RNAs and/or proteins regulated by this pathway in order to
regulate NSPC proliferation
52
. With respect to upstream regulators
for mTOR signaling, gradients of Ca2
+
and reactive oxygen species
are deployed minutes after tail amputation in Xenopus
53,54
; both
diffusible signals have been previously reported as activators of
phosphoinositide-3 kinase (PI3K)/Akt/mTOR pathway
55,56
, which
could be correlated with its early activation. In addition,
transcriptomic data reported a dual activation of PIK3R3, a
regulatory subunit of PI3K that is associated with proliferation
57
.
This gene showed an early and transitory activation followed by a
late and sustained activation, which was also shared by PI3KR2-
like, another regulatory subunit of PI3K. Also a late down-
regulation of PIK3IP1, a negative regulator of PI3K pathway, was
observed. Thus, a possible role of PI3K upstream of mTOR pathway
during spinal cord regeneration would be interesting to analyze in
future research.
Another question that remains open is about the role of mTORC2
in early stages of spinal cord regeneration. A downregulation of
mSin1 (also known as MAPKAP1, mitogen-activated protein kinase-
associated protein 1) was observed in our transcriptomic data (see
Supplementary Table S2), and an increase in the phosphorylation
levels of S6 protein, which is correlated with an activation of S6K, was
detected experimentally (see Fig. 4). Both observations have been
associated with a reduced activity of mTORC2
58,59
, suggesting low
levels of mTORC2 activity during early stages of SCI in X. laevis,and
consequently that most of the effect of the inhibitors is explained
because of the impact on mTORC1.
Finally, with respect to other implications of mTOR, it is known
that mTORC1 pathway activation promotes axon regeneration
after optic nerve injury
60
. mTORC1 could play a similar role in
Xenopus spinal cord regeneration, implicating a conserved role of
mTOR as a component of the intrinsic mechanism of axon
regeneration, and could explain the decrease in the number of
axons crossing the injury site observed after mTOR inhibition. A
possible role of mTORC1 in axon regeneration could be another
explanation for the diminished swimming recovery, prompting to
the future testing of the effect of this pathway in axonal
regeneration in this model system.
METHODS
Animal husbandry
X. laevis tadpoles were generated by natural mating and cultured as
described previously
17
. Animals were grown until Nieuwkoop and Faber
stages 4951 for experiments. Animal procedures were approved by the
Fig. 7 mTOR inhibition reduces cell proliferation and PCNA levels. afRepresentative images of transversal cryosections of the spinal cord,
100 µm rostral (left images) and 100 µm caudal (right images) to the injury site, obtained at 2 dpT from animals treated with acvehicle or df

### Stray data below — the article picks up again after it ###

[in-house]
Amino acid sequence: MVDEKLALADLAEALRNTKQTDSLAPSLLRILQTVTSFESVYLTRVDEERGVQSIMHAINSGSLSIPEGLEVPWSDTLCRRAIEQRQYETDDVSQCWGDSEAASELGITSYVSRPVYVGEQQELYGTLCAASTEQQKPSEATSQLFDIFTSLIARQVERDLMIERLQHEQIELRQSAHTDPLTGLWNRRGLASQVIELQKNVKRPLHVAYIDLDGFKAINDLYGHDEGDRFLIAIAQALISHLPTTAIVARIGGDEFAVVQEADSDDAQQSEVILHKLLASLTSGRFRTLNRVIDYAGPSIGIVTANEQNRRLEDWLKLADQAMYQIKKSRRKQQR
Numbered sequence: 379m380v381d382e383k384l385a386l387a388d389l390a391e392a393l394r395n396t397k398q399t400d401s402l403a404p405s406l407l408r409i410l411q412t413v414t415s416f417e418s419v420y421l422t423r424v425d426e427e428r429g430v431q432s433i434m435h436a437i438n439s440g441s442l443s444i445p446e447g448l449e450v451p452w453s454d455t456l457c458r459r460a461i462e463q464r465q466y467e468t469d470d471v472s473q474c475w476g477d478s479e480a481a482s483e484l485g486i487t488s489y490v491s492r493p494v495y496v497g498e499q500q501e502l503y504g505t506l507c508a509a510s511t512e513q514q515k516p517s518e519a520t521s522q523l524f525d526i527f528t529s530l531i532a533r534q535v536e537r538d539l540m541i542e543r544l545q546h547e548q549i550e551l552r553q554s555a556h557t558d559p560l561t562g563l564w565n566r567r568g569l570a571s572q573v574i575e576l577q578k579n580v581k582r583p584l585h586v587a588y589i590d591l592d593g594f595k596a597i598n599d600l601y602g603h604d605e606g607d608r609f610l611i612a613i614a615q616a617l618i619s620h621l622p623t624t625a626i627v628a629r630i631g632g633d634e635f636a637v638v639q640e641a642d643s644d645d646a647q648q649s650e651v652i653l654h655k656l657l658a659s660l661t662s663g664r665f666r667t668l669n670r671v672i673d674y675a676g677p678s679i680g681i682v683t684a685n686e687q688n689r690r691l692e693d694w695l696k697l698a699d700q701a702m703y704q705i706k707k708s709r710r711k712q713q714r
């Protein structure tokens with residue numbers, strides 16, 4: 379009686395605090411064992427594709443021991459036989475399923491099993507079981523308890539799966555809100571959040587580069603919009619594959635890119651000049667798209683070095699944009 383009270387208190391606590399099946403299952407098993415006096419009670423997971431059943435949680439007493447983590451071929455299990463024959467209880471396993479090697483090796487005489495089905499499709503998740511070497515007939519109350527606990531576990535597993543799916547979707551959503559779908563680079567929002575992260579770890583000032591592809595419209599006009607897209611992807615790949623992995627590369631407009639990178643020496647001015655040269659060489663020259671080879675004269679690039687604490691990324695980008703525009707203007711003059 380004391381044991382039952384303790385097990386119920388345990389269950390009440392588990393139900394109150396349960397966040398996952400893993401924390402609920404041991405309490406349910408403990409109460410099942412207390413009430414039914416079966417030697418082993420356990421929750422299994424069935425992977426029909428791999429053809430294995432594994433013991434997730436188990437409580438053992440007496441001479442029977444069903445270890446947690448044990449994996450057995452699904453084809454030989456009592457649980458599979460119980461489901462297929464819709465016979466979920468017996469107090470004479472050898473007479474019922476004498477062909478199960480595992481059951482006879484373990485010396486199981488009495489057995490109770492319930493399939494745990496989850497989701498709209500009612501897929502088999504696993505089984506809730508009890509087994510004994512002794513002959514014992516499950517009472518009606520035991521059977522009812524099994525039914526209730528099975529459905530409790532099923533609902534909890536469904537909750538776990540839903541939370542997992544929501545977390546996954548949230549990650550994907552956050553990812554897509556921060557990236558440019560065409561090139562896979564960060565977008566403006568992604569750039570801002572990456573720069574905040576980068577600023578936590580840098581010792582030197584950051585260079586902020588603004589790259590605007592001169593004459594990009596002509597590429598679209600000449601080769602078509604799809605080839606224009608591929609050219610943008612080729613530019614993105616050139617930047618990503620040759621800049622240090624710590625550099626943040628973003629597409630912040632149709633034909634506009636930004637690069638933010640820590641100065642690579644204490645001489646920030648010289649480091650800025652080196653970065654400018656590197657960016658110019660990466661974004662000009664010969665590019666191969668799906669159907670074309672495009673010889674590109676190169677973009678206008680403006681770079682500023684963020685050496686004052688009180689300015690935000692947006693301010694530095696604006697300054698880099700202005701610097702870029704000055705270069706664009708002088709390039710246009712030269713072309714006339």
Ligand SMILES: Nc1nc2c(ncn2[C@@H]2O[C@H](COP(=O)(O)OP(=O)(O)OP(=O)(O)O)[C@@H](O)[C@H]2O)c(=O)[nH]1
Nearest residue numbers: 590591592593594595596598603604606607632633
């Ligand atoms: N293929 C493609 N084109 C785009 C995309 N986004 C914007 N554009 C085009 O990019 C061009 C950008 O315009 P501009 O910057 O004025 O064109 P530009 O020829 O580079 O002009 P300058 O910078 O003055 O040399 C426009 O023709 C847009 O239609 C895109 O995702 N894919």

Torin1, stained for the proliferation marker PCNA and nuclear marker Hoechst. gQuantication of the percentage of PCNA
+
cells over total
cells. *P< 0.05, from a ttest comparing Torin1 to vehicle treatments. n=3 per condition. hmRepresentative images of transversal
cryosections of the spinal cord, 200 µm rostral (left images) and 200 µm caudal (right images) to the injury site, obtained at 2 dpT from animals
treated with (hj) vehicle or (km) Rapamycin, stained for the NSPC marker Sox2, EdU, and Hoechst. nQuantication of the percentage of
Sox2
+
cells over total cells. *P< 0.05, from a ttest comparing Rapamycin to vehicle treatments. n=3 per condition. oQuantication of the
percentage of EdU
+
/Sox2
+
cells over Sox2
+
cells. *Pvalue < 0.05, from a ttest comparing Rapamycin to vehicle treatments. n=4 per
condition. pThree principal biological process downregulated at 1 dpT after treatment with Torin1, including a large component of genes
related to G1/S transition of cell cycle and DNA replication. qWestern blot for PCNA in total protein extracts obtained from spinal cords
isolated from X. laevis at 0, 1, 2, and 4 dpT, α-tubulin was used as a loading control. Yellow arrow: meningeal cells, vz: ventricular zone. Scale
bar =100 μm. All the blots included in this gure were derived from the same experiment and were processed in parallel.
J. Peñailillo et al.
11
Published in partnership with the Australian Regenerative Medicine Institute npj Regenerative Medicine (2021) 68
Scientic Ethics Committee for the Care of Animals and Environment of the
Ponticia Universidad Católica de Chile.
Experimental conditions and surgical procedures
Three experimental conditions were used: transected, sham, and uninjured
animals. Transected and sham procedures were performed according to
previous publications
17,20
. Briey, animals were anesthetized for 2 min on
0.02% MS222, followed by a dorsal incision at mid-thoracic level, cutting
the skin and muscle to expose the spinal cord for sham animals, and a
second step in which the spinal cord was transected at the same
anatomical level interrupting all ascending and descending axonal tracts